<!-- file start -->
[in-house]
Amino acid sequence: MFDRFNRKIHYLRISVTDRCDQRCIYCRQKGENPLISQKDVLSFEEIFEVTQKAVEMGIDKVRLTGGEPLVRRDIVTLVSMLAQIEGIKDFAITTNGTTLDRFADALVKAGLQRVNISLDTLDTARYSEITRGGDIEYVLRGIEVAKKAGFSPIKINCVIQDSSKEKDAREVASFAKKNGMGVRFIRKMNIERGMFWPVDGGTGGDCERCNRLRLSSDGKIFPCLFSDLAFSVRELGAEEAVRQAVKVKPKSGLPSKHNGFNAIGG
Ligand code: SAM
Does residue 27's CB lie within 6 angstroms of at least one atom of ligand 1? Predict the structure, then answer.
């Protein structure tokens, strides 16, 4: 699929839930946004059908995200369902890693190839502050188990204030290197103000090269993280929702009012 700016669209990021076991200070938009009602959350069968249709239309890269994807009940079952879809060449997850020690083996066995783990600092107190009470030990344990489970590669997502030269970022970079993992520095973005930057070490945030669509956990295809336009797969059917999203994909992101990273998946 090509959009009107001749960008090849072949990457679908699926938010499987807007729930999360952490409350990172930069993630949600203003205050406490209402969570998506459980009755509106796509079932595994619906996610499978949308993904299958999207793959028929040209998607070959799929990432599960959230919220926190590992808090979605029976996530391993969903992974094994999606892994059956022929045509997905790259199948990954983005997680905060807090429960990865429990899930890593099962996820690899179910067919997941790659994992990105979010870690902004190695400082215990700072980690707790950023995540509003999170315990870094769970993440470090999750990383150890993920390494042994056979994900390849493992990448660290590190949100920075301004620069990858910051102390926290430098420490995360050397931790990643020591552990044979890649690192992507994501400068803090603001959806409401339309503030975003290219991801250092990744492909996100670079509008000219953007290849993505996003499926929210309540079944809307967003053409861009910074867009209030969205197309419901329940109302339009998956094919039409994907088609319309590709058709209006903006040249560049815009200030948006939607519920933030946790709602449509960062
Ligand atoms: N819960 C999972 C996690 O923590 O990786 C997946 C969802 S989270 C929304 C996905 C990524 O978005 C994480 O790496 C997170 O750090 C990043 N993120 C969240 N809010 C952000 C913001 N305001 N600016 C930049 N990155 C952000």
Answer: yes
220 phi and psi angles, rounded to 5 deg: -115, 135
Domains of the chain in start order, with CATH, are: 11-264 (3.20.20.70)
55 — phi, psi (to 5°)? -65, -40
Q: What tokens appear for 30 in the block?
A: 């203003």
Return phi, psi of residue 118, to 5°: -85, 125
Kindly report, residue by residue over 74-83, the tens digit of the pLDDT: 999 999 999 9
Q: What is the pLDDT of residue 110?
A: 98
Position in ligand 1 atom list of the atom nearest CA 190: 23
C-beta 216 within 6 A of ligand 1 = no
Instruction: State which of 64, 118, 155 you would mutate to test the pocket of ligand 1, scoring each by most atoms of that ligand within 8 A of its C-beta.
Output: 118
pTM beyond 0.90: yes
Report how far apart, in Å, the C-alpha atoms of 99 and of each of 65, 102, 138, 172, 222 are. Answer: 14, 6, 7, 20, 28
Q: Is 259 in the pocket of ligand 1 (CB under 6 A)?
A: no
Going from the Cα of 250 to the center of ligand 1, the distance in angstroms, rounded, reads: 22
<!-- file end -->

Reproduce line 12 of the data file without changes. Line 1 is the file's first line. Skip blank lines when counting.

A: 């203003």